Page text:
Here at Eagle we continue to see shortages of “in demand” skillsets, and a steady supply of candidates with skillsets in other areas.  The flow of available talent over the fourth quarter was the same as Q3 and marginally down from Q4 of 2013.  The demand from our clients was down about 10% in the fourth quarter and about the same as Q4 in 2013, suggesting a fairly normal seasonal swing.

More Specifically:

cn towerThe GTA (Greater Toronto Area) is the largest market in Canada with the most head offices and hence a big appetite for professional talent. This market accounts for approximately 60% of Eagle’s business which comes from the major industries here, which include the financial, insurance and telecommunications sectors.  There has been plenty of retail demand although recent events might change that and a fair bit of demand in the engineering space, in addition to a fairly strong construction sector. A large part of the Ontario provincial government is here too, which is another sector that demands talent. This is the city offering the most opportunities in Canada, and where I would want to be looking if I were unemployed.

The Saddledome in CalgaryCalgary is the “hub” for Western Canada as the capital of the oil patch. The city has the second largest number of head offices and the attraction of the low Alberta tax rate (for now).  The current oil price situation has created a ripple in this economy and many oil related companies are cutting back on investment and slowing projects.   Edmonton will also be affected by the oil price as The Alberta Government is dependent on taxes from oil revenues.   Saskatchewan is also generally a fairly hot market for talent but will feel the effect of a lower oil price.  All in all Western Canada is going to be a little slow in hiring, we may seem some downsizing and it maybe some time before it booms again. Having said that, there are always opportunities for people with great skills, and in companies with a large Boomer population approaching retirement.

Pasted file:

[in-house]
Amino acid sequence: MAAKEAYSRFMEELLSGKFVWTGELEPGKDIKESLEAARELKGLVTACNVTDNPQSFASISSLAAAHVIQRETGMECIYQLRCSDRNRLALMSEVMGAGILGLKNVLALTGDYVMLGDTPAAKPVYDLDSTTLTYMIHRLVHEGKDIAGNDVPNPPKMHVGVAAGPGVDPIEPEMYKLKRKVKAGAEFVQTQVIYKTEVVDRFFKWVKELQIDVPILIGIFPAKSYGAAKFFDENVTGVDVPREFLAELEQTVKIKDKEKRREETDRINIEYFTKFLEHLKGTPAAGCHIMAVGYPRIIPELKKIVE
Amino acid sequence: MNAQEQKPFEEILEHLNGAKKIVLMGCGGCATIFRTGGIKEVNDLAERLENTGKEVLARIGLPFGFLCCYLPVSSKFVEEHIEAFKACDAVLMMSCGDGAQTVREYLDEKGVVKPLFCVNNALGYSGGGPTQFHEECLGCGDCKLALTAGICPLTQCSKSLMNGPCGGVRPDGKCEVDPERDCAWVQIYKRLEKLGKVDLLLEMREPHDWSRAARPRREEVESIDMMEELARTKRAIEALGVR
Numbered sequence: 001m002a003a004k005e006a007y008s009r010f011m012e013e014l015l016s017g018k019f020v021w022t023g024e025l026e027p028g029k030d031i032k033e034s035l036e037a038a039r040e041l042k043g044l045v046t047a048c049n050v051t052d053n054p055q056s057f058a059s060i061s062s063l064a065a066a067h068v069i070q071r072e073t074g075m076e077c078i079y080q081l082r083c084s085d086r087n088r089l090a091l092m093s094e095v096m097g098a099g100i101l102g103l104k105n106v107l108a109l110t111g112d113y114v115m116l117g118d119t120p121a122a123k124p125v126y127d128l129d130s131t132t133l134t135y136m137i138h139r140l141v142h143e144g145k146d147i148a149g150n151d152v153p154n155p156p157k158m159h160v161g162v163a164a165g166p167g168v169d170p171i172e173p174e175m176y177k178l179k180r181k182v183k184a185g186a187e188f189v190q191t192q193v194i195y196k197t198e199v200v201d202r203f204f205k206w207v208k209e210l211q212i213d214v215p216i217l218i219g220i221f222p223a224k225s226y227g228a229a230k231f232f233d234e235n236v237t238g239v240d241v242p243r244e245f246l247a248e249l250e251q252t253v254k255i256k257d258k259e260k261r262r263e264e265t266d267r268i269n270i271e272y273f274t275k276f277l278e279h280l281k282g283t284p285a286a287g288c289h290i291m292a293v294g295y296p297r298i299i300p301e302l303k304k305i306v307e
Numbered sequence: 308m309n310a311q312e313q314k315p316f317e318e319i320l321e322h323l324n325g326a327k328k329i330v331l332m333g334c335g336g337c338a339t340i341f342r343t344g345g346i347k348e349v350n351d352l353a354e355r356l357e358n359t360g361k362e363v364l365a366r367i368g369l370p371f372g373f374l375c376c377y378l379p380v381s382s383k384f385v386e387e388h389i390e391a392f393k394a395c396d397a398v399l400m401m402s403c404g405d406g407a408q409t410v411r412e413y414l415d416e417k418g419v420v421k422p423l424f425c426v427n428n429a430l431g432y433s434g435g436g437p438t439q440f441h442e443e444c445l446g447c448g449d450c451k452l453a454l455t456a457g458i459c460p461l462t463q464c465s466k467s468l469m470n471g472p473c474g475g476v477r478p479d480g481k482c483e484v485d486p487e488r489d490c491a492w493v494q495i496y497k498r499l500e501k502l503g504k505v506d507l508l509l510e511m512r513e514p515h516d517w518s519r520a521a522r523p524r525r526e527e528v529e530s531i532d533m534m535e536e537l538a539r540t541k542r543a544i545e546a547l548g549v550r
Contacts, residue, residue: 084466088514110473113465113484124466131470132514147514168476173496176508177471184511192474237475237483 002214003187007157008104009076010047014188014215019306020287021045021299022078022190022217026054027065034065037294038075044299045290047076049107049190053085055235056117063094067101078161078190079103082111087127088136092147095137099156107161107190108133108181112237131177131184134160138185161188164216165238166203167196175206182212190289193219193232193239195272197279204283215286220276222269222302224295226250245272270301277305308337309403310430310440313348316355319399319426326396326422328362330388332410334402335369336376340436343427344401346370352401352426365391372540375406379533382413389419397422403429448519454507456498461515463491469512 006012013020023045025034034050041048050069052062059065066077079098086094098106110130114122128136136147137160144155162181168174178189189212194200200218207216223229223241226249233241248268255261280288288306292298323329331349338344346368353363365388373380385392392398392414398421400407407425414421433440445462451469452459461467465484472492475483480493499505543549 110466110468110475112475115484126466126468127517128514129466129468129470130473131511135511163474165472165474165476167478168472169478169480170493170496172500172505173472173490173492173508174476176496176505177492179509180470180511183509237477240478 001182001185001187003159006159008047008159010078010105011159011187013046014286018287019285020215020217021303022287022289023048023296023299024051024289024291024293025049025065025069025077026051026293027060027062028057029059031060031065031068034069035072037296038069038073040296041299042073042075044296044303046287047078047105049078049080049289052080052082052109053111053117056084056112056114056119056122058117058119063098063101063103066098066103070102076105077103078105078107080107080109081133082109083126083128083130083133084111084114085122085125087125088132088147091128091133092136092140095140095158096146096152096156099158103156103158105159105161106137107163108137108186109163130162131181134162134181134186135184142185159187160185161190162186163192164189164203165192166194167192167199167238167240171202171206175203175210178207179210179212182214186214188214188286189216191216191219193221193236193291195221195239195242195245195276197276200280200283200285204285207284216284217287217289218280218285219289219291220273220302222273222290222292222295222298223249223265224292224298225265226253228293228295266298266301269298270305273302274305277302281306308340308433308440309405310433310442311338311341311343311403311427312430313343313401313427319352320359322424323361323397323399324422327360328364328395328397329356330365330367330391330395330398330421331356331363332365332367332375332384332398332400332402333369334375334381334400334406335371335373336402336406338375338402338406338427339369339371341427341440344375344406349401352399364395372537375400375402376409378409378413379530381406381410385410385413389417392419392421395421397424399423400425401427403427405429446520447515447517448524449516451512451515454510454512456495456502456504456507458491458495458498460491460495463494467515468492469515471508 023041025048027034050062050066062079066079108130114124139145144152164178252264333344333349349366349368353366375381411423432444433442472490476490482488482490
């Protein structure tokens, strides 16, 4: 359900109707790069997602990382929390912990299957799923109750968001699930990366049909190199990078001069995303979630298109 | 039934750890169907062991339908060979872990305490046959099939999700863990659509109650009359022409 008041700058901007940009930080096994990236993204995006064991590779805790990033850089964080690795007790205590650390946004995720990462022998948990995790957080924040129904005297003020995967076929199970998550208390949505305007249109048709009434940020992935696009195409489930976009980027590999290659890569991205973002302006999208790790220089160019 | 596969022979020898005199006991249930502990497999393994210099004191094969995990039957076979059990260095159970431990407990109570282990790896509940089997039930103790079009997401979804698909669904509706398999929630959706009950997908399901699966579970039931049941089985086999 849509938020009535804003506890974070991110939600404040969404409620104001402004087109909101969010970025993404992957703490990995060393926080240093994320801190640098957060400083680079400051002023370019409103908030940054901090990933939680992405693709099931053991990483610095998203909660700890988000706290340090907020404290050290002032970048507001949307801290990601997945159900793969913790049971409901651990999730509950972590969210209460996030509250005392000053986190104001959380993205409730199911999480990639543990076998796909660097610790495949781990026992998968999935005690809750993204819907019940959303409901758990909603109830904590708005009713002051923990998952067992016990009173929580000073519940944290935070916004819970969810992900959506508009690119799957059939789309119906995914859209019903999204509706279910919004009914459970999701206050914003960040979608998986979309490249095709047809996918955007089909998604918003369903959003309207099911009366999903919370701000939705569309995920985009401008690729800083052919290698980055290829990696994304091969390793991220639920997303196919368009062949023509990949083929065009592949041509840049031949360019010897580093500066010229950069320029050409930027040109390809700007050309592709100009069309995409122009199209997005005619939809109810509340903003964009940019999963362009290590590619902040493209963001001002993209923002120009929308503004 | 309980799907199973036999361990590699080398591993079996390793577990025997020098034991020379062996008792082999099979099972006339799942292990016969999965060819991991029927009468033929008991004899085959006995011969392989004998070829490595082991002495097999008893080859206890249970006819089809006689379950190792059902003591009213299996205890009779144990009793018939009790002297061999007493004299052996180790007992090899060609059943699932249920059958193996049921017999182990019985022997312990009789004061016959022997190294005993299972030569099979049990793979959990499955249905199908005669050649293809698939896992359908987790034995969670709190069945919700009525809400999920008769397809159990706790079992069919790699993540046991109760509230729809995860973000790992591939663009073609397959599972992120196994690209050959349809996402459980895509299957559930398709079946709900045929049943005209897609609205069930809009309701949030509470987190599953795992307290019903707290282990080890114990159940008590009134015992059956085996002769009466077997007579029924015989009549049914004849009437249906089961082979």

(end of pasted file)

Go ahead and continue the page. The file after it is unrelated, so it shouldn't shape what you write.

LighthouseEagle’s Eastern Canada region covers Ottawa, Montreal and “the Maritimes”. Montreal continues to be relatively busy, particularly in the financial sector, the telcos and the construction industry. There will be some impact from the oil price felt particularly in Newfoundland.  This region is typically slower for job creation at the best of times, so I expect it to be even slower than normal until we see an uptick in oil prices

AT Eagle our focus in on professional staffing and the people in demand from our clients has been fairly consistent for some time. That would include Program Managers, Project Managers and Business Analysts who always seem to be in demand. It might just be our focus, but Change Management and Organizational Excellence resources are in relatively high demand too. Big data, analytics and mobile expertise are specializations that we are seeing more and more. On the Finance and Accounting, side we see a consistent need for financial analysts, accountants with designations and public accounting experience plus controllers as a fairly consistent talent request. Technology experts with functional expertise in Health Care is another skill set that sees plenty of demand


magnifying glass over the word jobsThe fourth quarter had been following the predictable path demonstrated through 2014 of steady improvement in the unemployment rate and decent job creation. The huge drop in the price of oil right at the end of the year will have a ripple effect but it was harder to spot during the usual seasonal slowdown.  Our expectation is that demand in Western Canada will be down significantly, creating an opportunity for companies to pick up the usually rare “top performers” should they become available.  Companies will want to improve, but not necessarily increase the size of their teams.  There will be some downsizing, we have already seen reduced investment but I don’t anticipate huge layoffs in the short term.  If the price of oil does not improve soon we might see more drastic measures.